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Russia calls halt to 5-day invasion of Georgia

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TBILISI, Georgia — Declaring "the aggressor has been punished," the Kremlin ordered a halt Tuesday to Russia's devastating assault on Georgia _ five days of air and ground attacks that left homes in smoldering ruins and uprooted 100,000 people.

Both sides accepted the general outlines of a cease-fire plan, but Georgia complained hours after the Russian endorsement that bombs and shells were still falling.

Georgia President Mikhail Saakashvili said Russia's aim all along was not to gain control of two disputed provinces but to "destroy" the smaller nation, a former Soviet state and current U.S. ally.

Russian President Dmitry Medvedev, speaking in Moscow, said Georgia had paid enough for its attack on South Ossetia, a separatist region along the Russian border with close ties to Russia.

"The aggressor has been punished and suffered very significant losses. Its military has been disorganized," Medvedev said.

Still, the president ordered his defense minister at a televised Kremlin meeting: "If there are any emerging hotbeds of resistance or any aggressive actions, you should take steps to destroy them."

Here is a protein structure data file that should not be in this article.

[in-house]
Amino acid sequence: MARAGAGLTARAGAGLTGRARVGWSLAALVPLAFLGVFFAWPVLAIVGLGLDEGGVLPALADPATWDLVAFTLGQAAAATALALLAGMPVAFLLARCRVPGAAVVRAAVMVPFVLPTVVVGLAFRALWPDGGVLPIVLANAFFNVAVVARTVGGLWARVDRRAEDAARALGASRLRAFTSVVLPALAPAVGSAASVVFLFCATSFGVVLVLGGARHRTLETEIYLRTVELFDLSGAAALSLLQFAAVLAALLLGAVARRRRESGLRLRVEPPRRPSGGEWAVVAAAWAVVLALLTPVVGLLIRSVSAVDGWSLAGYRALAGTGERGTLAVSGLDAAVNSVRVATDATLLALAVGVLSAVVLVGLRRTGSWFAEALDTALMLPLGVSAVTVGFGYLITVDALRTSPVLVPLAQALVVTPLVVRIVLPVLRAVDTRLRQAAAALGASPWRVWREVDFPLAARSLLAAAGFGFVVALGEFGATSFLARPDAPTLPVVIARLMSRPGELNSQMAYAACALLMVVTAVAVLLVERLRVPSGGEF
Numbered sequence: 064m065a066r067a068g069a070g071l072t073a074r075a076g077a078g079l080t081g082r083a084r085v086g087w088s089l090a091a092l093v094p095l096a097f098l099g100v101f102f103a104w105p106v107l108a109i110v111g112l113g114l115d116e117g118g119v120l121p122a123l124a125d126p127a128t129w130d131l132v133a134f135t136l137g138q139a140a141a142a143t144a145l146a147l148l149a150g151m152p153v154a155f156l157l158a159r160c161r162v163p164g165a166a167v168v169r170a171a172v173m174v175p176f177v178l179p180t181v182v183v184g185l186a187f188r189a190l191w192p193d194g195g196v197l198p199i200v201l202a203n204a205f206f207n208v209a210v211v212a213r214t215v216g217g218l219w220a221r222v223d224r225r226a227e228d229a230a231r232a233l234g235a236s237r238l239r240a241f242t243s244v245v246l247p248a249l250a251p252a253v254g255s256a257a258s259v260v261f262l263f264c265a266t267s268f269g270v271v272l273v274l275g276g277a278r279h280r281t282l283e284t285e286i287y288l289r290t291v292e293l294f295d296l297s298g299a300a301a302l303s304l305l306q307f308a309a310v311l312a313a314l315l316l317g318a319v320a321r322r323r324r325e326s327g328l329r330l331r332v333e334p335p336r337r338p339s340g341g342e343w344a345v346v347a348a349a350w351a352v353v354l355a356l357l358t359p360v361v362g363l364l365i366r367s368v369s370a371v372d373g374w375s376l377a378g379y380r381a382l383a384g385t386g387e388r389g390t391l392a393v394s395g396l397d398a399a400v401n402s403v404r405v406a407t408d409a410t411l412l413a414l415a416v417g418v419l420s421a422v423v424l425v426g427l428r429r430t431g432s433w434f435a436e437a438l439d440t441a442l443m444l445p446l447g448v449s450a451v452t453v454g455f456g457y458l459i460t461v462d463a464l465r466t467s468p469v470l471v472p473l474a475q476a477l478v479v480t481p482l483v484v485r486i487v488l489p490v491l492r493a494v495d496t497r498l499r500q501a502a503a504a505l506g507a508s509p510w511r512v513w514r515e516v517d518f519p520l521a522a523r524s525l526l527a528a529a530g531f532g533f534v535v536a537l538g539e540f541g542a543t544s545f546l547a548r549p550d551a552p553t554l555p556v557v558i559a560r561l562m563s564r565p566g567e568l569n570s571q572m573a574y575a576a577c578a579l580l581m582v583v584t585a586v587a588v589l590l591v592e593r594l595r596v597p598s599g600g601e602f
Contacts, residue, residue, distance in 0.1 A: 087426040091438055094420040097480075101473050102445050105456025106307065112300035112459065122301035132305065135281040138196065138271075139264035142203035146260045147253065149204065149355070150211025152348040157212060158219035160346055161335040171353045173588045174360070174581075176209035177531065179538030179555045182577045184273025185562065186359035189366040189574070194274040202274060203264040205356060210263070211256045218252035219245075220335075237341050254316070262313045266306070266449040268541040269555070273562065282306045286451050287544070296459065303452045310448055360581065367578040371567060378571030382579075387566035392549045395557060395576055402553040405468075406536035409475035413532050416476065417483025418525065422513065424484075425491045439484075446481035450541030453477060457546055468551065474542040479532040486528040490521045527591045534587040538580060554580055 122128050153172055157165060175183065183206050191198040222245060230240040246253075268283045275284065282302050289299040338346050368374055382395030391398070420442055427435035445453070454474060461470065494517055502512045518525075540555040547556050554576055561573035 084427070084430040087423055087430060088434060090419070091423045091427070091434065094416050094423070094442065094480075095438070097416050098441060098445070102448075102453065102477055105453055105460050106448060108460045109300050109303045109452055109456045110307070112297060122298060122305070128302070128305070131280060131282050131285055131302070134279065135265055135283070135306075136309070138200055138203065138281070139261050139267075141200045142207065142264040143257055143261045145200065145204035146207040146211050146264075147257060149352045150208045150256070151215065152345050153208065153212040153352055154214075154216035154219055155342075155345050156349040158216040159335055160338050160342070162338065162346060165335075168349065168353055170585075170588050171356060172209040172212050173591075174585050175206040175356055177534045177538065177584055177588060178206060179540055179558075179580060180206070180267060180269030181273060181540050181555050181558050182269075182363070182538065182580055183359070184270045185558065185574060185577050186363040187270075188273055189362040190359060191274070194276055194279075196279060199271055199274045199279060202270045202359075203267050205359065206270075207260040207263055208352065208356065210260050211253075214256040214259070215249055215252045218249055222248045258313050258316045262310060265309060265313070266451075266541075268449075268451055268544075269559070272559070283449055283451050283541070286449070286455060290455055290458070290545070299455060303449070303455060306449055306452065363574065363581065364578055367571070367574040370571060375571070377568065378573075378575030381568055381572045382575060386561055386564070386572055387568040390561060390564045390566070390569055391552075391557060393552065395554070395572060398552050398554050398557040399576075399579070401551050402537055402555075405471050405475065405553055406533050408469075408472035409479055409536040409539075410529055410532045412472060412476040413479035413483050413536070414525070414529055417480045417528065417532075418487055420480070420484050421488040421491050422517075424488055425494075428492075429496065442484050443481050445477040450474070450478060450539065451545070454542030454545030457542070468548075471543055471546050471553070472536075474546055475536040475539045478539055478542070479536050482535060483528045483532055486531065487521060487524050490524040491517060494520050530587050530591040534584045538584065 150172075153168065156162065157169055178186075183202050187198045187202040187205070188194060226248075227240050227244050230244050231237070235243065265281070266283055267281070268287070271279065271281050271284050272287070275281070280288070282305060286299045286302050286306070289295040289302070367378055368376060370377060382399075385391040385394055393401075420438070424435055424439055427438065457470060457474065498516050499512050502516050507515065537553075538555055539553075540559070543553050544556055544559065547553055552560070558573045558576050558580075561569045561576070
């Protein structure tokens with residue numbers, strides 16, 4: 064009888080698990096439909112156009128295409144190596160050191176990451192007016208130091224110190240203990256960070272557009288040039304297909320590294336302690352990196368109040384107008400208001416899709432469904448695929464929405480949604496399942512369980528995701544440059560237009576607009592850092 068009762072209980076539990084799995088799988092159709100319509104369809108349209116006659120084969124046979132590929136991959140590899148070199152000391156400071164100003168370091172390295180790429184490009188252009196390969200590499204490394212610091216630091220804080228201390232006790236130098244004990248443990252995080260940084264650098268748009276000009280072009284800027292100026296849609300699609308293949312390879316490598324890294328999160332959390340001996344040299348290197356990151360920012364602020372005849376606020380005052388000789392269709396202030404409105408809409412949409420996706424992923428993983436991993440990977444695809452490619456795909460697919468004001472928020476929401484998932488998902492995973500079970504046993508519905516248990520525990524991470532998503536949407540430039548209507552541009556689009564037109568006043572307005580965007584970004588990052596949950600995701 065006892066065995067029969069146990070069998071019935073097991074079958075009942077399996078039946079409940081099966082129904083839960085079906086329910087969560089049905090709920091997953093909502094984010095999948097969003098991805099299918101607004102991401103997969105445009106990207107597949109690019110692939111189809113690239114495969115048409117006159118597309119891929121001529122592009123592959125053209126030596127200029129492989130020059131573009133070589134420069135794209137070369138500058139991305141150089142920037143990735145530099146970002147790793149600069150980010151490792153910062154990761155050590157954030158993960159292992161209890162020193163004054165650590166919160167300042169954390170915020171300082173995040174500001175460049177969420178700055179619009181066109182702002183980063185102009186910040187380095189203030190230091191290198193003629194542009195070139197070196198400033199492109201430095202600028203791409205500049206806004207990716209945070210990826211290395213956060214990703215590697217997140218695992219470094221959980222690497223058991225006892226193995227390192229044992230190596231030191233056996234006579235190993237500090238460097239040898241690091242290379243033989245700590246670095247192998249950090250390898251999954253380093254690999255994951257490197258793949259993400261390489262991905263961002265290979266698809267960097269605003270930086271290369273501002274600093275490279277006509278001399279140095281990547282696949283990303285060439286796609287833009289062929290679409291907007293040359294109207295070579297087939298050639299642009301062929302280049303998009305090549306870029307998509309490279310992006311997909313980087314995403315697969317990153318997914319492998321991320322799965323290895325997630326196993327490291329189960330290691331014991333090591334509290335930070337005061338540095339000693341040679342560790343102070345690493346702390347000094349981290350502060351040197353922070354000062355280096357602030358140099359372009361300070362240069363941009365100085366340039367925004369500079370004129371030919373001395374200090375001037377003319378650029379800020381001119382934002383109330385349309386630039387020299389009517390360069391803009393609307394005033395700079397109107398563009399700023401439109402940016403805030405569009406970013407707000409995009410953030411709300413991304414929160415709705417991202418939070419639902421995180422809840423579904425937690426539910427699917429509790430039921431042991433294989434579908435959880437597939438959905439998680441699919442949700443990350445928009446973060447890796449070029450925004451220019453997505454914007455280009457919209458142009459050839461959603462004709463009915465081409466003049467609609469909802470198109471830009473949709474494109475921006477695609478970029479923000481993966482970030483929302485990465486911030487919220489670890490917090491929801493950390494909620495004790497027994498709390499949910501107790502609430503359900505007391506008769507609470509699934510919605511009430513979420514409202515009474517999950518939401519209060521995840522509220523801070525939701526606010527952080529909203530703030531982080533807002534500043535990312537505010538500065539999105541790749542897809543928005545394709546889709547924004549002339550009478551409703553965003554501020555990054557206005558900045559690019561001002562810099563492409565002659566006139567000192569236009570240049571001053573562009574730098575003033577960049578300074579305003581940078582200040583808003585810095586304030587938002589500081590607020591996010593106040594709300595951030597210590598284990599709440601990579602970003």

Hours later, Saakashvili told reporters that he backed the cease-fire plan negotiated by French President Nicolas Sarkozy, which calls for both sides to move back to their positions before fighting erupted.

Saakashvili said that he accepted the "general principles" of the deal but said he saw no reason to sign it as it was only a "political document."

Hundreds, perhaps thousands, were believed to have died since Georgia launched its crackdown on South Ossetia on Thursday, drawing the punishing response from its much larger northern neighbor.

There appeared to be signs fo Russian forces attacking Georgian targets within hours of Medvedev's televised order, if not after.

An Associated Press reporter saw 135 Russian military vehicles headed toward the Kodori Gorge in Abkhazia.

Georgian officials said Russia was attacking their troops in the gorge, but a commander in Abkhazia said only local forces, not Russian ones, were involved in push the Georgians out of the region.

The commander, Maj. Gen. Anatoly Zaitsev, said the Russian-backed separatist forces in Abkhazia had driven Georgian troops out of the gorge, their last stronghold in the region, after days of air and artillery strikes.

Hours before Medvedev's order, Russian jets bombed the crossroads city of Gori, near South Ossetia. The post office and university there were burning, but the city was all but deserted after most remaining residents and Georgian soldiers fled.

Saakashvili, speaking to thousands at a square in the capital of Tbilisi, red and white Georgian flags fluttering in the crowd, said the Russian invasion was not about the two disputed provinces.

"They just don't want freedom, and that's why they want to stamp on Georgia and destroy it," he declared.

He was joined by the leaders of the former Soviet bloc states of Poland, Ukraine, Lithuania, Latvia and Estonia. Polish President Lech Kacyznski warned the crowd that Russia wanted a return to the past.